Why dump on us?

Rotary Club of Barossa Valley’s John Semmler is urging people not to leave rubbish for charitable organisations.

In the more than 30 years John Semmler has been involved in Barossa Valley Rotary Club, never has he seen so much rubbish left around Nuriootpa’s clothing collection bin as he has in the past few weeks.

And it’s a trend that is continuing to grow, much to the dismay of those involved in the fundraising project.

“This is not a rubbish bin!” John said.

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Broken, unusable and unsalable items are being left piled alongside the bin located in the car park of The Co-op Store, resulting in additional costs
for the Club and less  money being
re-directed back into the community.

“Unfortunately, it is costing in the vicinity of $2,000 a year to dispose of unusable items and rubbish placed in the bin by people who do not accept the responsibility of correctly disposing of their waste,” said John.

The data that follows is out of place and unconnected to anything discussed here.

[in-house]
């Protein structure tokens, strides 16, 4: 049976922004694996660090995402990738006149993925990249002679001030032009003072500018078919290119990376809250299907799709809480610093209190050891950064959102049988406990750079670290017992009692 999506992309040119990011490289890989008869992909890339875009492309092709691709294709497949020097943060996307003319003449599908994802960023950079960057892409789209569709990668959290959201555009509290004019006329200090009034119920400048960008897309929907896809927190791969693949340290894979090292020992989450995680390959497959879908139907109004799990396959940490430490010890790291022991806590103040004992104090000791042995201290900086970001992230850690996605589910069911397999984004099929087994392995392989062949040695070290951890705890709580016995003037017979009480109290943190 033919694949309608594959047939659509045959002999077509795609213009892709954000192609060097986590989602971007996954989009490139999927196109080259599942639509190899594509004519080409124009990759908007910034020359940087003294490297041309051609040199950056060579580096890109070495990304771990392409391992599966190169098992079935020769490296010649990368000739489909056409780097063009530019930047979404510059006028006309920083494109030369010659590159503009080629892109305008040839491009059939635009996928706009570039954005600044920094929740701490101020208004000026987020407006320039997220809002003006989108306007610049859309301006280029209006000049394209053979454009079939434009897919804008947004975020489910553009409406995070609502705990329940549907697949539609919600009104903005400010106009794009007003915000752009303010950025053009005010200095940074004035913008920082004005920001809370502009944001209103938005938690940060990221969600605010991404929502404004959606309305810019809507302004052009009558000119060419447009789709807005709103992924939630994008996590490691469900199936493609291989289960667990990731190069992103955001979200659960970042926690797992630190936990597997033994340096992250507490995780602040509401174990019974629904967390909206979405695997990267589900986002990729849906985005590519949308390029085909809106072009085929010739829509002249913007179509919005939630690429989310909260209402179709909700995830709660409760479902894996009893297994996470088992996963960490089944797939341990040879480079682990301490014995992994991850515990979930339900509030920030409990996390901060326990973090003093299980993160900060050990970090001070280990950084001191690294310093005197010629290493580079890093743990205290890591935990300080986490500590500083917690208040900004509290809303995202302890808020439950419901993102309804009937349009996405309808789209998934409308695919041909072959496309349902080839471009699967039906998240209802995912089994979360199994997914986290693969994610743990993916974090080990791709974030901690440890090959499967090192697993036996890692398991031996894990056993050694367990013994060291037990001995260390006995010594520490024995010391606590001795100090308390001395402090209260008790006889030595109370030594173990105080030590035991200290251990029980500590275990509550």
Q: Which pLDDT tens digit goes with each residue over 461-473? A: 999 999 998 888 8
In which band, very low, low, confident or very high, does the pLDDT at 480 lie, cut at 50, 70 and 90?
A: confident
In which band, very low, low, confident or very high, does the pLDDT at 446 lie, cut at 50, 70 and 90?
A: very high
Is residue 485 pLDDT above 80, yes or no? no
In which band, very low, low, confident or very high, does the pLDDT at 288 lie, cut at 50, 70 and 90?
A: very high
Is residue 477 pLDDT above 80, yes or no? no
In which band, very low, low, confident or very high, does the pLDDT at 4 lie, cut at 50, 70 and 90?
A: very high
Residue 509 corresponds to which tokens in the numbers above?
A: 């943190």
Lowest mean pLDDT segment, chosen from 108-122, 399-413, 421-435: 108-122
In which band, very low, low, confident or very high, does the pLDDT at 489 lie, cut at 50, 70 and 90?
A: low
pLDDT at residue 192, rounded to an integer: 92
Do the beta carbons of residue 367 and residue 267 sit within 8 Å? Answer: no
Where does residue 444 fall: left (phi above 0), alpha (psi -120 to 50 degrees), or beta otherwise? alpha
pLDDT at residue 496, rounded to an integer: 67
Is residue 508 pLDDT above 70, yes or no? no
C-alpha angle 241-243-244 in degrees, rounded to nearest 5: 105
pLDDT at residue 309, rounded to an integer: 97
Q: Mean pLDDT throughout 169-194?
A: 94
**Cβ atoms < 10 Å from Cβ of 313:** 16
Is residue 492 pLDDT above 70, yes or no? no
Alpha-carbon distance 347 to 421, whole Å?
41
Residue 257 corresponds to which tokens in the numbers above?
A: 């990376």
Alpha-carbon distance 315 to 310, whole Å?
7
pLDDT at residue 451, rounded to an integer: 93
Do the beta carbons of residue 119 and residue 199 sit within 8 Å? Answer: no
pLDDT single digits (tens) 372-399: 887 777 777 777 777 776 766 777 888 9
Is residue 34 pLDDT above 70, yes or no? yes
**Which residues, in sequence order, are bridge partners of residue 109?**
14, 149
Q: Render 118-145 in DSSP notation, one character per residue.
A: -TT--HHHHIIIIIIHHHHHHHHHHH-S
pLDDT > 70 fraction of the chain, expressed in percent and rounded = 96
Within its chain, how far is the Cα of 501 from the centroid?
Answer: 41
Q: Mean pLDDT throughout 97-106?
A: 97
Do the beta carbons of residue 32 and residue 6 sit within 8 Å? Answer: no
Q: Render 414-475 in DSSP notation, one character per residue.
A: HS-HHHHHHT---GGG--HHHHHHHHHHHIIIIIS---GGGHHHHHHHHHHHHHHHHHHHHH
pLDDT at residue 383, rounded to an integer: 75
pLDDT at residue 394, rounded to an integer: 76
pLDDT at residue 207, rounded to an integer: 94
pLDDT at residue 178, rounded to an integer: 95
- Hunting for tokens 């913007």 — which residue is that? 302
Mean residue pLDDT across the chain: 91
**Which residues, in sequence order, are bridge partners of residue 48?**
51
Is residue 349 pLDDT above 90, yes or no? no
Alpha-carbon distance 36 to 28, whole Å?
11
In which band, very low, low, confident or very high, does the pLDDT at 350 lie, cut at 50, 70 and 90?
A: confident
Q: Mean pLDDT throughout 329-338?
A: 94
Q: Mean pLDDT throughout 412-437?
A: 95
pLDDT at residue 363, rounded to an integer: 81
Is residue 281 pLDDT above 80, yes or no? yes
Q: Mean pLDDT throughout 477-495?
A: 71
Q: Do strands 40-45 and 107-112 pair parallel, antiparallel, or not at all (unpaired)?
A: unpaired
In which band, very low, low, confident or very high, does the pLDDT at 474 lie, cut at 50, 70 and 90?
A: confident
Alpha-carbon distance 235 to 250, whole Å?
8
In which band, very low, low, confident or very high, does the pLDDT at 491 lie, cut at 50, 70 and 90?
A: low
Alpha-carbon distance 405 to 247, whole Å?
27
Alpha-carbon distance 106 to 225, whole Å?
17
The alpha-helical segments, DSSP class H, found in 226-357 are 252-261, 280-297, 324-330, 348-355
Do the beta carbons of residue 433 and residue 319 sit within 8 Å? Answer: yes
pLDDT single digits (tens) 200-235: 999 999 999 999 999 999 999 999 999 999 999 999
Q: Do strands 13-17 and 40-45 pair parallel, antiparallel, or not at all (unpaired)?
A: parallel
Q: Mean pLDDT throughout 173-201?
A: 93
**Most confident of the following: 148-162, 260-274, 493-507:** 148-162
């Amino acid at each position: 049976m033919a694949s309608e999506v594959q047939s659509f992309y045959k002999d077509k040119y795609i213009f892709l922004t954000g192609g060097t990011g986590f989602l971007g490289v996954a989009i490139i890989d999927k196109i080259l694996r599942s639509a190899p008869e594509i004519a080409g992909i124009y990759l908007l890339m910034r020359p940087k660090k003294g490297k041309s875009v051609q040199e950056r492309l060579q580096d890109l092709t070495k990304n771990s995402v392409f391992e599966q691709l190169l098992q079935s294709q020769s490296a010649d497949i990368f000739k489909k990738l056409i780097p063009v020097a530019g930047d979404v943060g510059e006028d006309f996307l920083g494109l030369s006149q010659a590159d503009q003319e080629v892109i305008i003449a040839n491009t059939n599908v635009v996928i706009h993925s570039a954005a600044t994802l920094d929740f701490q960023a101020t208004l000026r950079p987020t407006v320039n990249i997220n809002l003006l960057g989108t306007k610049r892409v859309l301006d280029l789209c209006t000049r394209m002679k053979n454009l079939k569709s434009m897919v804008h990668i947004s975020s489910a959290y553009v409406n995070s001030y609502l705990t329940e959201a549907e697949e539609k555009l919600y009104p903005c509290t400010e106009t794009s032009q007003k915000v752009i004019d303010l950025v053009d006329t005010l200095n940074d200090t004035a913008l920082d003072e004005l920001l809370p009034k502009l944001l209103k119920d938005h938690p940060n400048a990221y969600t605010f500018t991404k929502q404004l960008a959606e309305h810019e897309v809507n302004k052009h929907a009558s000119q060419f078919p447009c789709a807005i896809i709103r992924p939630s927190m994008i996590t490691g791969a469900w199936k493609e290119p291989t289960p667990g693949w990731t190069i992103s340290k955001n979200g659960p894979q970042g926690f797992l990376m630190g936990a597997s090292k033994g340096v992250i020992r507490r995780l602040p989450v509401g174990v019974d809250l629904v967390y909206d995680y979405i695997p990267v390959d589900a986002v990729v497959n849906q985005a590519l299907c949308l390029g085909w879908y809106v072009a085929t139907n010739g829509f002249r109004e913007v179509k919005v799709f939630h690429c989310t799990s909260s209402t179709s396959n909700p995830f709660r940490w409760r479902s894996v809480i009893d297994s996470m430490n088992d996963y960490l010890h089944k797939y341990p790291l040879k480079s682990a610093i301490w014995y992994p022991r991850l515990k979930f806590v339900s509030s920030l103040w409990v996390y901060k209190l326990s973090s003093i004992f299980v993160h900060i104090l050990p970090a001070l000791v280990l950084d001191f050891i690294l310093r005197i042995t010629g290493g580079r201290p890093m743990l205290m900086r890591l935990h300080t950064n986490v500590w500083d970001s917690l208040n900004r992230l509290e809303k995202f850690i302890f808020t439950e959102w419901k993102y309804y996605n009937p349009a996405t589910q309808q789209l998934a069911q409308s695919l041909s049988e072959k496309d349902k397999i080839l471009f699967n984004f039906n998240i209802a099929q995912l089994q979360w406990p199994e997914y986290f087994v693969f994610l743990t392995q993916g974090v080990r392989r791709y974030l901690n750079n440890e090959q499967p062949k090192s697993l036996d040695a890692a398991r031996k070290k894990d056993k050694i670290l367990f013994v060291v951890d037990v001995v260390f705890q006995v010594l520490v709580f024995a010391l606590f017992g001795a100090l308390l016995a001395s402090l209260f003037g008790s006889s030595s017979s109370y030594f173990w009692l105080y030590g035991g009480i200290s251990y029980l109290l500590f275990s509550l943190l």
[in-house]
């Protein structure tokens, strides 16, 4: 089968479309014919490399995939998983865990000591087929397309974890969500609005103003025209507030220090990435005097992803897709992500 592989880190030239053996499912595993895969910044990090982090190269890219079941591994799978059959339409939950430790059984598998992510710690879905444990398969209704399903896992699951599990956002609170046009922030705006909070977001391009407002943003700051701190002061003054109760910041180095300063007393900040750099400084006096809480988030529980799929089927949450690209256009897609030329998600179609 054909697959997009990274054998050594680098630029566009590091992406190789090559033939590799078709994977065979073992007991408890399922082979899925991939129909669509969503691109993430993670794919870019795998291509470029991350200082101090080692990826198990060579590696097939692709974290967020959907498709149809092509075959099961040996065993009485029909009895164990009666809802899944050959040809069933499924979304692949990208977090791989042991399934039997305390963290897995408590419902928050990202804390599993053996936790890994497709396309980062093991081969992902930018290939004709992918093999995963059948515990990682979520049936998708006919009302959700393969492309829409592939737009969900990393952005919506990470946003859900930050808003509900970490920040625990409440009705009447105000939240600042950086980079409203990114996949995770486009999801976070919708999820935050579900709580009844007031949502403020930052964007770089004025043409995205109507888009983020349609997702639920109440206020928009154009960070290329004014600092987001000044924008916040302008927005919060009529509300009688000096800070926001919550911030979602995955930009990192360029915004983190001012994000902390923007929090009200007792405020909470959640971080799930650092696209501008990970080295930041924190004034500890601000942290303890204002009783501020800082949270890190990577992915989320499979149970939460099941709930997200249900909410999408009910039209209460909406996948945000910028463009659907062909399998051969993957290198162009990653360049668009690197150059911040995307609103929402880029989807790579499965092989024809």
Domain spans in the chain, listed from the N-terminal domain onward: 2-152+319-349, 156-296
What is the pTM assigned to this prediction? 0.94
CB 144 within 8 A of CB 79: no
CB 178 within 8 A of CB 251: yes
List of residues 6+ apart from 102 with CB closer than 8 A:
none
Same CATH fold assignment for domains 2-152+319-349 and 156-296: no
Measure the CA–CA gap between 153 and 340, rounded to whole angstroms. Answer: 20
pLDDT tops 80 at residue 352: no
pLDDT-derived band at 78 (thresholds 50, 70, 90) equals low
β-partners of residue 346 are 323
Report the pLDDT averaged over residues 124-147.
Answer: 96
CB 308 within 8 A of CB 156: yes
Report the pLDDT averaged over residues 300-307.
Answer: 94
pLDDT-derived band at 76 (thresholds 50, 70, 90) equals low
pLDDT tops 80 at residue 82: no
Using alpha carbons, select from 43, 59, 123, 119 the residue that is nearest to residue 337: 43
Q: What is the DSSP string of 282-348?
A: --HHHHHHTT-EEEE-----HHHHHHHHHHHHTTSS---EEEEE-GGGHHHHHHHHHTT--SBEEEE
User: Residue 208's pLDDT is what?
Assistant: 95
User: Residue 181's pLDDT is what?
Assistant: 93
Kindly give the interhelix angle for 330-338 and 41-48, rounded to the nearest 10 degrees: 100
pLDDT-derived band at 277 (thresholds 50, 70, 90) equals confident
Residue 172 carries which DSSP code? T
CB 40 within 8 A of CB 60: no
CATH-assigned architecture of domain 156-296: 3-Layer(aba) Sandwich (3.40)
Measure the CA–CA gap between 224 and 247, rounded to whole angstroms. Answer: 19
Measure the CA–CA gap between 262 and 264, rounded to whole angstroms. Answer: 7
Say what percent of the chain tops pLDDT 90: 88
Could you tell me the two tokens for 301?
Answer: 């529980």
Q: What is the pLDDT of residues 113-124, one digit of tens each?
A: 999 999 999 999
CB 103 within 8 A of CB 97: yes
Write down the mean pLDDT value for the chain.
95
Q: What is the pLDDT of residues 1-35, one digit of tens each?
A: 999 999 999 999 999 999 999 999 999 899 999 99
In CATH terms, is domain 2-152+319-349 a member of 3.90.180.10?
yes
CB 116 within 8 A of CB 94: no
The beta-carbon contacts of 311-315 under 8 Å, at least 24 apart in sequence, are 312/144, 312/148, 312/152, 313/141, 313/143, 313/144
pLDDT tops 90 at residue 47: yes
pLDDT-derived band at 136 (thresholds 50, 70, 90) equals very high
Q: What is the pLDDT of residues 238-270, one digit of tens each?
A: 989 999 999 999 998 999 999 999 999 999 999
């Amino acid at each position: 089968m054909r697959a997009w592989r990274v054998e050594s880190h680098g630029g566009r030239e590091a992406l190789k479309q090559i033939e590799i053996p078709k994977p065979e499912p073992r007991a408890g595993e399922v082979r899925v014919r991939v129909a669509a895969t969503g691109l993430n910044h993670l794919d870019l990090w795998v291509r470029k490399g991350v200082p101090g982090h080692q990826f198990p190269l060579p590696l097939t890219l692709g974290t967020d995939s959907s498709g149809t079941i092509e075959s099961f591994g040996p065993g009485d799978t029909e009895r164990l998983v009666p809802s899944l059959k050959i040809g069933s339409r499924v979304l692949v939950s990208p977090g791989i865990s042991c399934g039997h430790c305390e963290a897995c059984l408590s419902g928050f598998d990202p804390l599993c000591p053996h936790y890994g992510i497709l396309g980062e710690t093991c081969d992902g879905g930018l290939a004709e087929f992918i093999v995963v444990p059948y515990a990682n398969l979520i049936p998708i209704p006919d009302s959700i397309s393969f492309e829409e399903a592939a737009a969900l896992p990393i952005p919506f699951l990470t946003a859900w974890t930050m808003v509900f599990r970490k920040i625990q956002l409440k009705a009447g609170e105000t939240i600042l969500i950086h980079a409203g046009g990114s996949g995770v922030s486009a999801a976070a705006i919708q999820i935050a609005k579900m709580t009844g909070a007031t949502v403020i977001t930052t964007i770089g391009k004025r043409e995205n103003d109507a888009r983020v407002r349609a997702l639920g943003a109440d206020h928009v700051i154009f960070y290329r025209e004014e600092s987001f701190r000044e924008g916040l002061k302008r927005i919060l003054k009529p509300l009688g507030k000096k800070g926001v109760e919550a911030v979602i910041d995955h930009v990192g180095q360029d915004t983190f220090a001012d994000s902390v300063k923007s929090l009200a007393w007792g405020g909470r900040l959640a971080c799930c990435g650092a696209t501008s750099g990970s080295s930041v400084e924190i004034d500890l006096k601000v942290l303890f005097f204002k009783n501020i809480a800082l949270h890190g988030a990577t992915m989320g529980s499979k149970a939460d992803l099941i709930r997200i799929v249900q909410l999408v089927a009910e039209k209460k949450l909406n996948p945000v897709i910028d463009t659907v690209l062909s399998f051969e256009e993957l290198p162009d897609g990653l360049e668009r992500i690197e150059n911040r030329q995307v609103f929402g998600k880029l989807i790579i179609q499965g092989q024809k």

“The community misses out on these funds.”

Volunteers from Tanunda’s Great Revival Shop and the Truro Community Shop sort through all the clothing on a regular basis and money raised from its sales go towards community projects including the highly valued university
Scholarships for local students.

Barossa Valley Rotary Club are urging people who have items other than used clothing that are suitable for resale, to please take them directly to an opportunity

“Volunteers at these organisations will gladly receive useful items,” John said.

“If the items are unsuitable for resale or just plain rubbish, please accept the responsibility of correct disposal rather than resorting to what is, in fact, illegal

Discussions with other service groups have revealed they are all facing similar problems and John said the Club would be forced to discontinue the service if rubbish
continues to be dumped.

“It would be a considerable loss to the community.”

The Barossa Valley Rotary Club and the shops they support are grateful to the many people who have supplied useful clothing since the inception of the system back in the 1980s.

 “With your co-operation we will be able to continue this worthwhile service to our community,” added John.